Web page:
Houston Hatch - Started 3 HullsBy Eric Comstock #759 (11es 13eo 12ea 12ad 53ar)
We have finished our first hatch and I'm very happy with the progress we made. We started on three hulls and I expect you will issuing hull numbers for all three soon.
We got off to a slow start on Saturday. Everyone showed up on time or early, but we had lots of introductions to make as most of us had never met each other before. I had my PDR #759 there and Roy and crew (his two sons) brought #634. The two boats prompted lots of discussion about building techniques and materials. #634 is a very well found and stoutly built vessel.
In addition to myself and the three who brought lumber to build boats, we had two others show up just to help. Once we got started on Saturday we immediately ran into trouble with router bits and those problems would haunt us all weekend.
We had several "Diablo" router bits from Home Depot and as far as I'm concerned, Diablo router bits can all go to (their home). Let me explain. The "flush cut" bits that we used to cut the side panels and chine logs all have a bearing on the bottom. That bearing rides along the template, cutting the templates shape into what ever material we had laid on top of it. The problem with the Diablo router bits is that the bearing would disintegrate after 1 to 5 minutes of use. When the bearing fell off, the router bit would dig into the template damaging it and whatever we were cutting at the time. To Home Depot's credit, they honored the lifetime warranty but we had to make three trips to replace the router bits. By the second day we had bits which held together better, but Diablo has some serious quality control issues and I DO NOT recommend that ANYONE EVER buy Diablo router bits from Home Depot.
So the router bit issues ended up wasting several hours of valuable time on Saturday. We did get all of the side panels and most of the chine logs cut. We also cut down the 2"x10"x8' boards into 3/4" pieces. We got started gluing up the side panels for one of the hulls and that was about all we had time for Saturday.
Sunday was a cold and dreary day, but everyone showed up on time and we got right to work. We continued gluing the side panels for the first hull and while waiting for the glue to set we cut wood. We still had a lot of cutting left to do.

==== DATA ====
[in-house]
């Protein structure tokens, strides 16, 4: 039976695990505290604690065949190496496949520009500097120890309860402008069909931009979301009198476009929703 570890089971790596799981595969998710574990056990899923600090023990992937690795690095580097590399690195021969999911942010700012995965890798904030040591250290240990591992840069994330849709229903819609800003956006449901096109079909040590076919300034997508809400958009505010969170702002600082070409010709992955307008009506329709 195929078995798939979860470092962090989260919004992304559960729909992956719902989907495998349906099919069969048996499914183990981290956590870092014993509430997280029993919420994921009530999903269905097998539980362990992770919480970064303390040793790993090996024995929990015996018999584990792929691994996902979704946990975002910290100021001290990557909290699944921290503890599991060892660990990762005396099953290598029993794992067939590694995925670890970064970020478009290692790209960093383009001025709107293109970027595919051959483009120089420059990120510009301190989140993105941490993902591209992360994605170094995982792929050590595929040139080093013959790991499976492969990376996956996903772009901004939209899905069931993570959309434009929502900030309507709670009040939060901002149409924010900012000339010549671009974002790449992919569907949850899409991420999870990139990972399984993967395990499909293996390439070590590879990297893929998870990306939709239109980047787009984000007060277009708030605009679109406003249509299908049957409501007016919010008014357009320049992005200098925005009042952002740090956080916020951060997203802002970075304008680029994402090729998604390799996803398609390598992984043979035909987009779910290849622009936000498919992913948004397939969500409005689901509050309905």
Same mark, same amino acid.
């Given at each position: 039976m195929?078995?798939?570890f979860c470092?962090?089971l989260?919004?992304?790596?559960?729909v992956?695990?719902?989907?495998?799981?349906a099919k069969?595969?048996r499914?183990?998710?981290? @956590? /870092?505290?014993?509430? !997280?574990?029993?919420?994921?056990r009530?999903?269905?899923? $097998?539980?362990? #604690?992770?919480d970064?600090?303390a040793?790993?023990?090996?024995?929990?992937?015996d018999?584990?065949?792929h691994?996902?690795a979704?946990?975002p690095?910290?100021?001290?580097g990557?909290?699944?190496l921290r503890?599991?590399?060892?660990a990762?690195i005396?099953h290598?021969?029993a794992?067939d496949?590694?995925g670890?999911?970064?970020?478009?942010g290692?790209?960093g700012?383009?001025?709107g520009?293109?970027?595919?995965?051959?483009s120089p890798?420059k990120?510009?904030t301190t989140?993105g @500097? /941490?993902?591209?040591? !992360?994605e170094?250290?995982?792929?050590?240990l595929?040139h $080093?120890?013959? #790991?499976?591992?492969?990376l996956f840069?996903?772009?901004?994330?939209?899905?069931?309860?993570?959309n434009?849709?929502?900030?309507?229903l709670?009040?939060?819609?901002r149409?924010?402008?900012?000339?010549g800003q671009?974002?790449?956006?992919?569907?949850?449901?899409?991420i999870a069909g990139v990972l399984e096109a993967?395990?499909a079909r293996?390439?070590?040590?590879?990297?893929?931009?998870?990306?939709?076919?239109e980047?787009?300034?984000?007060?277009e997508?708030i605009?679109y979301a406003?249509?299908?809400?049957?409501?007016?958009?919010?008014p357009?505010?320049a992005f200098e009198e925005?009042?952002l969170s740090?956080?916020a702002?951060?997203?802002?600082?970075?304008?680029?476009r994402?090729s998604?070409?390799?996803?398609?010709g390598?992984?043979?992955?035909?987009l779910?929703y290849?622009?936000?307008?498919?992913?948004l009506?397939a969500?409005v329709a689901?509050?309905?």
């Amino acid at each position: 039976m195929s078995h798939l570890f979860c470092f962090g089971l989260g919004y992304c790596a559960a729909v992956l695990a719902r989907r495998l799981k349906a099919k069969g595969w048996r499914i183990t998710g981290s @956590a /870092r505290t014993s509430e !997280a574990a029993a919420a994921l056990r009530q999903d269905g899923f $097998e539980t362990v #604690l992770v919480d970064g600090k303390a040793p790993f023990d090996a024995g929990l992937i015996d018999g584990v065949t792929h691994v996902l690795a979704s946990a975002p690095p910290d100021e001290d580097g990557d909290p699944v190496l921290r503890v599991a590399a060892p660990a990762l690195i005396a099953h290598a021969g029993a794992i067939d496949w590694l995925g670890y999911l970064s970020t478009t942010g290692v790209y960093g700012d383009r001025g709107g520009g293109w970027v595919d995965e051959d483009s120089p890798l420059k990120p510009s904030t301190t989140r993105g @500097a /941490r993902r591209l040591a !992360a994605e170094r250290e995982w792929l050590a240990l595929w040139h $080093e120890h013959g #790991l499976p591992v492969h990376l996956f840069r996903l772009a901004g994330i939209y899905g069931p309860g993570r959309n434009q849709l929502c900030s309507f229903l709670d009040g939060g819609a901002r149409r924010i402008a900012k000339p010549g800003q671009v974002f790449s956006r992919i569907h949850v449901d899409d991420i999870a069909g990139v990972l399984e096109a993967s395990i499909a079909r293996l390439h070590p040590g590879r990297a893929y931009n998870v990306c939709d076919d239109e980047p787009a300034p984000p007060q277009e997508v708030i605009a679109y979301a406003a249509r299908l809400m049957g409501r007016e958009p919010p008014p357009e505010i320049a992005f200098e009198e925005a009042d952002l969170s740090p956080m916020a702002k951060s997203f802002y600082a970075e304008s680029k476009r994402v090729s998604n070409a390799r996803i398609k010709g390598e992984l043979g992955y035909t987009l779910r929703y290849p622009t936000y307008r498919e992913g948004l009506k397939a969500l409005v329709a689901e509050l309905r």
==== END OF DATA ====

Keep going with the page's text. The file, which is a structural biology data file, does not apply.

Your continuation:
We would set the table saw for a piece we needed and cut that piece out for all three boats, then move on to the next. First we cut the side air box decks and the bow and stern transoms. Then after measuring the angles we ran some of the 0.75" x 1.5"x 8' pieces, which we had cut the previous day, through the table saw. With the blade at the appropriate angle we trimmed chine logs for the stern bottom, bow top and bow bottom so that they would already have the proper shape to mate with the bottom and deck when they were glued on. Finally, with a router bit which somehow, miraculously held together, we cut the final set of 4, bottom, side chine logs out of a 1" x 12" x 8' plank.
At the end of the day Sunday, everyone went home with all the wood cut to build a PDR. One of our builders, who drove in of Oklahoma to participate had his side panels complete. So while there is still a lot of work left to assemble these hulls, all the difficult cutting and things that need anything beyond hand tools, has been done. What is left is mostly just gluing.
I expect to see one or two of the hulls at our first "Race" on the second Saturday in February along with at least two other PDRs (mine and Roy's) and possibly a couple of others. I'll keep you posted!
P.S. my pictures came out very fuzzy. I will forward pictures from the other participants as soon as I have them.